How COVID-19 will change the upcoming Spruce Kings season


On September 11, the BCHL announced the first details of its alternative return to play plan. It’s a plan that sees big changes to how the Prince George Spruce Kings would operate. This includes regional cohorts and a 30-40 game season because of the COVID-19 pandemic.

This plan goes into effect if the league can’t get approval for its primary plan. That plan would see the arenas at 25 percent capacity. All BCHL teams depend on ticket sales for their primary revenue. If they can’t get approval for 25 percent capacity then the alternative plan would go into effect.

It’s a plan that mirrors what the KIJHL has announced. Because of the pandemic, three of their teams have opted out of play this coming season. The 100 Mile House Wranglers, Beaver Valley NiteHawks, and Spokane Braves had their players dispersed in a dispersal draft.

With the BCHL alternative plan, there are parts of it that will affect how the Spruce Kings operate. The biggest change would be the amount of distance they travel in a season. Another change would be long breaks in between certain stages of the season to facilitate cohort swaps.

Aside from that, the Spruce Kings may have to find a different place to play until 2021. In late July, I wrote about the Prince George city council voting to close their arena until 2021. The Rolling Mix Concrete Arena is 62 years old and the costliest arena in the city to maintain because of its age.

While the Spruce Kings have played away from the RMCA before, it’s not clear what’s in store for the future. City council may revisit the arena closure at a later date. It all depends on user demand and how much of a deficit they are willing to run.

Big changes are coming

In 2017, Ted Clarke wrote an article for the Prince George Citizen about the Spruce Kings’ desire to see Quesnel return to the BCHL. Clarke cited their average yearly travel costs at $100,000. This included hotels and restaurant costs, excluding playoffs.

If the alternative plan gets approved then the Spruce Kings travel costs will be reduced. When playing in the Mainland Division last season, they visited teams like Chilliwack, Surrey, Coquitlam, and Langley three to four times a season.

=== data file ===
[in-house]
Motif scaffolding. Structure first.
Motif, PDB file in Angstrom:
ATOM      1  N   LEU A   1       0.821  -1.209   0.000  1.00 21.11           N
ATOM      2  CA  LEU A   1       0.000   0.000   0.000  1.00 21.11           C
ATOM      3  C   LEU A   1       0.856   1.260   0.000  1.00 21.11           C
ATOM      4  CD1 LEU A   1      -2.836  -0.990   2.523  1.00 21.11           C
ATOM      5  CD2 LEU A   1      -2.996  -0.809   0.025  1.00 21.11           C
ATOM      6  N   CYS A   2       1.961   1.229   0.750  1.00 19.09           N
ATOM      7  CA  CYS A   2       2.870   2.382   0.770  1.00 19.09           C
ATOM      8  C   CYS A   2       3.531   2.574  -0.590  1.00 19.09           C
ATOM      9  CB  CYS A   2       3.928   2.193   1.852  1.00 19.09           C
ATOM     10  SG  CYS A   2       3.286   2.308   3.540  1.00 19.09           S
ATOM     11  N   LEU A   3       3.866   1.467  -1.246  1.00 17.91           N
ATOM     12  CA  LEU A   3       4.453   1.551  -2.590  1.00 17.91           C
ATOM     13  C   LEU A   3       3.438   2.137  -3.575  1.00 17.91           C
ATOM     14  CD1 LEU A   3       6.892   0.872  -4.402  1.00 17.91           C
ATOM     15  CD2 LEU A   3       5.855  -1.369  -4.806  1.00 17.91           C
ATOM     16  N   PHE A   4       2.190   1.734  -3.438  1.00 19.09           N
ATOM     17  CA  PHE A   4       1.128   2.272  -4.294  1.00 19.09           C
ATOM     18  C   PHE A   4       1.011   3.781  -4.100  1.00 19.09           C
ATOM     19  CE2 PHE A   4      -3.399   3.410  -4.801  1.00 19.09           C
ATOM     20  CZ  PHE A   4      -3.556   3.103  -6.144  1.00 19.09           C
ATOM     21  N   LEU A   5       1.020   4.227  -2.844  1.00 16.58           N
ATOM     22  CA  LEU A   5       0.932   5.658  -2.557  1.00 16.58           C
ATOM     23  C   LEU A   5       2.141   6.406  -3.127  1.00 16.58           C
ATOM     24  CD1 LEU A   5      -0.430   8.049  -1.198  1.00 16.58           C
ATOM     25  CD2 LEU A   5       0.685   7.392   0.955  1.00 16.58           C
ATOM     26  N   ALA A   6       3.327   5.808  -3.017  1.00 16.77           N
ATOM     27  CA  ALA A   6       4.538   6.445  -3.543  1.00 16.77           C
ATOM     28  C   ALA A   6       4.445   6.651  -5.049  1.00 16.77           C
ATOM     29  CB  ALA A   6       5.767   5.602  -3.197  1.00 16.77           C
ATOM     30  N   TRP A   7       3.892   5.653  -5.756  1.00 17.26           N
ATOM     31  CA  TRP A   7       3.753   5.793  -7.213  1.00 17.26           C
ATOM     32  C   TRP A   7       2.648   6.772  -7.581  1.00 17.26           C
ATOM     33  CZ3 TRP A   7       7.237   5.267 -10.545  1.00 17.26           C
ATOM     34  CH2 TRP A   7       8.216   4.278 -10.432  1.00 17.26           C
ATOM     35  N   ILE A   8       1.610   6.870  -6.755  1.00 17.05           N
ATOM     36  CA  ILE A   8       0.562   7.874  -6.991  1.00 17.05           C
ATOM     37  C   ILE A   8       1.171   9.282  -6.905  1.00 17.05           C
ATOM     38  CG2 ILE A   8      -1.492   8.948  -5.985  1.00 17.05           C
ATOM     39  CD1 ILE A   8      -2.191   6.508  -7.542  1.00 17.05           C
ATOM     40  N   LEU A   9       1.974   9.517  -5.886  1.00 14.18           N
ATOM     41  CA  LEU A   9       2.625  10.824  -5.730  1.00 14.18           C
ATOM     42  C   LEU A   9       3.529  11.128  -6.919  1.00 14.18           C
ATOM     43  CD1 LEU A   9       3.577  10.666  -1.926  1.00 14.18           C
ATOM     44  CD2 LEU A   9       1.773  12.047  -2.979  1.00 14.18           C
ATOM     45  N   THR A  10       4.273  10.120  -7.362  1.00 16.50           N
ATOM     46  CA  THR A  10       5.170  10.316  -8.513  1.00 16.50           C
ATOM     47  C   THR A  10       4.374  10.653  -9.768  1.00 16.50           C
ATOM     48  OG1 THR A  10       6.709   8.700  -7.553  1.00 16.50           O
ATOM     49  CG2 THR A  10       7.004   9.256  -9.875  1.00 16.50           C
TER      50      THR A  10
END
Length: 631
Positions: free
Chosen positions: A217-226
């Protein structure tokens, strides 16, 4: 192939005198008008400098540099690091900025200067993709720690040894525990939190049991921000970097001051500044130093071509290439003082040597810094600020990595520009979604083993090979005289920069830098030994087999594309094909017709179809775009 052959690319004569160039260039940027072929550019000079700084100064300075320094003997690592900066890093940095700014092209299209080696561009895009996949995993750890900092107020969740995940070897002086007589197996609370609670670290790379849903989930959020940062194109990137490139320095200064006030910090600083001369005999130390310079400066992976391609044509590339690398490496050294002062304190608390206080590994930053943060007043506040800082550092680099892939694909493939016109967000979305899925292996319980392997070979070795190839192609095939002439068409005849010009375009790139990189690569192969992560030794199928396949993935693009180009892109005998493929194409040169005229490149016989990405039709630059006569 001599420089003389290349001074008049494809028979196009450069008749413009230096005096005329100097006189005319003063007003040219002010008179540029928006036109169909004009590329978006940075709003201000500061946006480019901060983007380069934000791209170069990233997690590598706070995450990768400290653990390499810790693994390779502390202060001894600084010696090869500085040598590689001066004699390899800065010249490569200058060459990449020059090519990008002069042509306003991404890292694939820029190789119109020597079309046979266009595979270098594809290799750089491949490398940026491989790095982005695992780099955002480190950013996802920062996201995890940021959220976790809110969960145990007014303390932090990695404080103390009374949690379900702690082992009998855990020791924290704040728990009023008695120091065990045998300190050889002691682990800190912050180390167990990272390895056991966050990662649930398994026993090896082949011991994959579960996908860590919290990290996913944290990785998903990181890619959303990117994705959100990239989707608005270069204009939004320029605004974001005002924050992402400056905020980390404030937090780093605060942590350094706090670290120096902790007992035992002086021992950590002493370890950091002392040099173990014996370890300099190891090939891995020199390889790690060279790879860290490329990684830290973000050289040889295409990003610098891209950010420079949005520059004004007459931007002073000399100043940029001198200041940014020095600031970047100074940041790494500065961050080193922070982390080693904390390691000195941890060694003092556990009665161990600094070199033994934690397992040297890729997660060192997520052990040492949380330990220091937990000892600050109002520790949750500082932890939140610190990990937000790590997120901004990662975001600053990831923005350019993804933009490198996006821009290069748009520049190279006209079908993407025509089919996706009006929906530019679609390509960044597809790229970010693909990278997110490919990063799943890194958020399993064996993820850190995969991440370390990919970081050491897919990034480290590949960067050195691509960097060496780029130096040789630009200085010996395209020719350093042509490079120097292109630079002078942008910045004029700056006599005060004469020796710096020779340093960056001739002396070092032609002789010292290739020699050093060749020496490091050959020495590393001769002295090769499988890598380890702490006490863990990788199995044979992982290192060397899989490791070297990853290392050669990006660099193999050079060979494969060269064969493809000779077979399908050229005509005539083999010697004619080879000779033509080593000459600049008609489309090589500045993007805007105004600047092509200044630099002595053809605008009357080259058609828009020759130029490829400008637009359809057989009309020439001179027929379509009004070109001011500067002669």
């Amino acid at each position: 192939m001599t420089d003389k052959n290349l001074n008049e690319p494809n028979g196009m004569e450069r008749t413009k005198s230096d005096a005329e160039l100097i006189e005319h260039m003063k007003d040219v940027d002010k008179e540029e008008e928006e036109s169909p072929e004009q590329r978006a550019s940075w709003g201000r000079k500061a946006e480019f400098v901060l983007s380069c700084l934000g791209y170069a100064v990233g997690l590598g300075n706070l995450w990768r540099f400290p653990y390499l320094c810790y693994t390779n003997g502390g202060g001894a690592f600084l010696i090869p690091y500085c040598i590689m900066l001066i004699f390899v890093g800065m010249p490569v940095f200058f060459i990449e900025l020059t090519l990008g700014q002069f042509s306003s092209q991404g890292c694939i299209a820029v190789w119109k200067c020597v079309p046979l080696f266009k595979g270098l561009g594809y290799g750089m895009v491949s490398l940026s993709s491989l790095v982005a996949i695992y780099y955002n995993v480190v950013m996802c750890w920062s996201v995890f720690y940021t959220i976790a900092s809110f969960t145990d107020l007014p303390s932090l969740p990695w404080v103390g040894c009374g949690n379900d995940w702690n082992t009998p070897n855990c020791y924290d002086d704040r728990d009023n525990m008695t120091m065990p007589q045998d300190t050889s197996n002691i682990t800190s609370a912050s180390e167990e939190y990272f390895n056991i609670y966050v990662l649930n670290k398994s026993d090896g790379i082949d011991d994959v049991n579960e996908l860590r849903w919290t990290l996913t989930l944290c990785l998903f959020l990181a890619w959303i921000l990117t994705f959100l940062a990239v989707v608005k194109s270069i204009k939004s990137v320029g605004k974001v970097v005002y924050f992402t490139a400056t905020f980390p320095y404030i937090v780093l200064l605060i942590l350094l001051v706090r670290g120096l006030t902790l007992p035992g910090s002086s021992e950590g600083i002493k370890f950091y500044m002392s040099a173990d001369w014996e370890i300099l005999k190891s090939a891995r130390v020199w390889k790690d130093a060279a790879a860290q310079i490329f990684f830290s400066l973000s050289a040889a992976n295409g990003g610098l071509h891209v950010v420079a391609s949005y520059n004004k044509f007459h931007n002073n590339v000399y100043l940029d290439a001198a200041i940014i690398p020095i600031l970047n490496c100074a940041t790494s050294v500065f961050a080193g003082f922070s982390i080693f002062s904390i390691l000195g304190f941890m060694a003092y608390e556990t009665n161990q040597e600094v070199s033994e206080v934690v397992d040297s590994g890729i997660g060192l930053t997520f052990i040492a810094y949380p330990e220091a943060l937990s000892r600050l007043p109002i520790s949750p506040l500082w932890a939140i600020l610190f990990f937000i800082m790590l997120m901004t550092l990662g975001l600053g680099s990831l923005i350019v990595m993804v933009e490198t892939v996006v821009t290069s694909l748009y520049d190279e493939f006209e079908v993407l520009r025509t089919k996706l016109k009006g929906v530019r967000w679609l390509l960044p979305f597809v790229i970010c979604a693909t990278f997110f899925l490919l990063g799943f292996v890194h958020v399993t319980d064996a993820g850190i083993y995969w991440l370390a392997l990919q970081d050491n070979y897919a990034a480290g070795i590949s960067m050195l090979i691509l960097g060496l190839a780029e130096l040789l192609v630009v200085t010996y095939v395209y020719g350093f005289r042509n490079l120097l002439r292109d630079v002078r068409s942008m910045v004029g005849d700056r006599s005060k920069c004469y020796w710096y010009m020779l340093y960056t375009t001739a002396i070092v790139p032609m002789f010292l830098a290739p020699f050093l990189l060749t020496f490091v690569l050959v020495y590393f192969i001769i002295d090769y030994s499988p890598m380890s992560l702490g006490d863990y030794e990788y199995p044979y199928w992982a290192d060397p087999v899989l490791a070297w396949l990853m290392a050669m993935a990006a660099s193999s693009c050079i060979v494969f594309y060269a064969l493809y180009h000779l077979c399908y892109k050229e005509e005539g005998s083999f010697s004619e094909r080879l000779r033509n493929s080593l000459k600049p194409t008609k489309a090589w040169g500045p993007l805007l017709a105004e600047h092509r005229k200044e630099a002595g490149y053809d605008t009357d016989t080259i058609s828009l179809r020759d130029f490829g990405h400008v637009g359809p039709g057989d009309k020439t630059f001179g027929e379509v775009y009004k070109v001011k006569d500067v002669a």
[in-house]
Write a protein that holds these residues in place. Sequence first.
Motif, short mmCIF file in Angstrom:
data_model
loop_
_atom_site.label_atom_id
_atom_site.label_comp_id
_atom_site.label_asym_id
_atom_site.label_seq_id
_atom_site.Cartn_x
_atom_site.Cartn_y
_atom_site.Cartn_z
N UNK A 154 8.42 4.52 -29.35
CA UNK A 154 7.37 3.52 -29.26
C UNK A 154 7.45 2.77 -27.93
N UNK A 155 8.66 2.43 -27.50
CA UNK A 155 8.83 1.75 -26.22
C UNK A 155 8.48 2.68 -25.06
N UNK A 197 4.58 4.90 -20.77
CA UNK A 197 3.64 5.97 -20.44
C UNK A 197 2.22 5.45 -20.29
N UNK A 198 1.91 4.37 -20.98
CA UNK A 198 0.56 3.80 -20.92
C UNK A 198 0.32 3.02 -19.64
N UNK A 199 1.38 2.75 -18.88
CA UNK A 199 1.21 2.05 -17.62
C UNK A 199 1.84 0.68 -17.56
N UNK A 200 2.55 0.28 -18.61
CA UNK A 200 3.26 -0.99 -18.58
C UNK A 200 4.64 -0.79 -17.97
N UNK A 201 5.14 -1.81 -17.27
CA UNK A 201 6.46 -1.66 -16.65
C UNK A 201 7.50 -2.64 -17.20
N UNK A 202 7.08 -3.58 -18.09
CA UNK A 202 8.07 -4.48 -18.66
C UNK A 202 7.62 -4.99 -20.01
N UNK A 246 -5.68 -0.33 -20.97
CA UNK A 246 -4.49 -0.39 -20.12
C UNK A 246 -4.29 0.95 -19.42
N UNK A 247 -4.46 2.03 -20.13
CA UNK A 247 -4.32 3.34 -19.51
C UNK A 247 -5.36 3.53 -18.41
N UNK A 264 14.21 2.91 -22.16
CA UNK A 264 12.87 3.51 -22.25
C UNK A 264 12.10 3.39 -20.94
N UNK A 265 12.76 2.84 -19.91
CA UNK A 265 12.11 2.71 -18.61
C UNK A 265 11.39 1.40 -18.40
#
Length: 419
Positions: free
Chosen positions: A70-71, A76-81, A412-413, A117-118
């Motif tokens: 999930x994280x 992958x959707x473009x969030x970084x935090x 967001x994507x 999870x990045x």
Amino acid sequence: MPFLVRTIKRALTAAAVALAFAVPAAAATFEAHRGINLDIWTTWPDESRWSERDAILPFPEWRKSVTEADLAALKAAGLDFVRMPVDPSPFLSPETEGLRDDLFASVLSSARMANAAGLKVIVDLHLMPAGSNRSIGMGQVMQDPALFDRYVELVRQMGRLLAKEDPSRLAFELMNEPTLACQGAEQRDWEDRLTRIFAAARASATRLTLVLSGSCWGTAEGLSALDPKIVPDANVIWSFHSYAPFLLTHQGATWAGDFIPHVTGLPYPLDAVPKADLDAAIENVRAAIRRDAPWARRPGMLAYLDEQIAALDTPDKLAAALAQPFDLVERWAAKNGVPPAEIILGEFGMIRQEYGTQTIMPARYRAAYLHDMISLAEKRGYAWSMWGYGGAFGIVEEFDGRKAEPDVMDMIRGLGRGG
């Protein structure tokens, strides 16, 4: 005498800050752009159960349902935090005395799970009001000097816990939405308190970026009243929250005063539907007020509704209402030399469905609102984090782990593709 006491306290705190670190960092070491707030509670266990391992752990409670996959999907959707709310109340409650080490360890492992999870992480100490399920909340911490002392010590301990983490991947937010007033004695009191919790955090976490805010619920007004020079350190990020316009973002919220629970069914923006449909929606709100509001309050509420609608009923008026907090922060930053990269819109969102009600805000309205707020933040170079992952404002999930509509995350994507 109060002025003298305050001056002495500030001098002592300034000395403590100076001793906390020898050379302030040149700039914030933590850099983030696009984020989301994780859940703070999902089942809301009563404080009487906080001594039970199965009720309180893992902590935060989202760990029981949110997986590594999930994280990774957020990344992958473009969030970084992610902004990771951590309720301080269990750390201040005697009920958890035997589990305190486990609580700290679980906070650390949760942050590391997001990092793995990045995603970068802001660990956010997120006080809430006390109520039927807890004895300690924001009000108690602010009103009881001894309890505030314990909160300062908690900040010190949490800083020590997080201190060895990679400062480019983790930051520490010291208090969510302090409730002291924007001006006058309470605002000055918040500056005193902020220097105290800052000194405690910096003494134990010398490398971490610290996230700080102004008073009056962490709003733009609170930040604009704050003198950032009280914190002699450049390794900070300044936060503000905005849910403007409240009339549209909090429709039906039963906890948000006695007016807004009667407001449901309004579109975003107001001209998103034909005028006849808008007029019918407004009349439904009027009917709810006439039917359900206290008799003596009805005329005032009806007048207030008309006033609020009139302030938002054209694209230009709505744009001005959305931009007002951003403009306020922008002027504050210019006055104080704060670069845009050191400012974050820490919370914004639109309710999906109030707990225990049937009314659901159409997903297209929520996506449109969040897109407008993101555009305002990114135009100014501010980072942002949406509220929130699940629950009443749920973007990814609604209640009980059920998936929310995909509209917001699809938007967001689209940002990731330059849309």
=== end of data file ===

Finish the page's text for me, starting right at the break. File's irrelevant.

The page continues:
Likewise, they visited teams like Wenatchee, Trail, and Powell River only once per season. If the Spruce Kings are in a regional cohort then it will most likely be with three other teams, although they may not play against the teams closest to them.

Not having to incur those extra travel costs will mean a lot of money saved on travelling. This will also be true when the cohort swaps occur. Like the KIJHL, certain stages will see some teams swap cohorts. According to the BCHL proposal, there will be 14 days between teams swapping out.

Aside from these changes, there are also new helmet requirements for all players coming.

The new helmets are designed to be full face shields. According to Global BC sports reporter Jay Janower, the shields will have “drip protection on the bottom to contain sweat and saliva”. Meanwhile, any home games will look very different. It’s something Brendan Pawliw wrote about in mid-August.

In Prince George, the three Kin arenas are each run as separate facilities. When they opened the arenas on August 17, they instituted several precautions like user groups couldn’t use dressing rooms and they also had to show up fully dressed with no outside people coming in.

Player fees

One of the biggest changes in the new plan is player fees. If they can’t get fans in the stands then they will have to charge player’s fees. These would go beyond their normal billet fees. Fellow BCHLNetwork writer Brian Wiebe asked BCHL commissioner Chris Hebb about the fees in an interview on September 11.

Asked specifically if some teams would lose players Hebb agreed. “Sure, and if there’s a situation where a player has an opportunity to go somewhere else and doesn’t want to pay the fee, they can go, obviously.”

He goes on to say that they would look for corporate and government support. “It’s our intention to keep everybody, but that may not be possible.”

Hebb also admitted that the individual costs are going to depend on each team and their finances. This means that teams like the Spruce Kings may lose players if they can’t get some form of corporate or government support to help keep them. After all, the Spruce Kings are a community-owned franchise.

Because of these changes, the Spruce Kings will likely travel less, play fewer games, and play them less often. Prince George will also have to contend with possibly losing players because they may have to pay to play. Whatever happens next depends on what details they iron out, and there are still many details to iron out.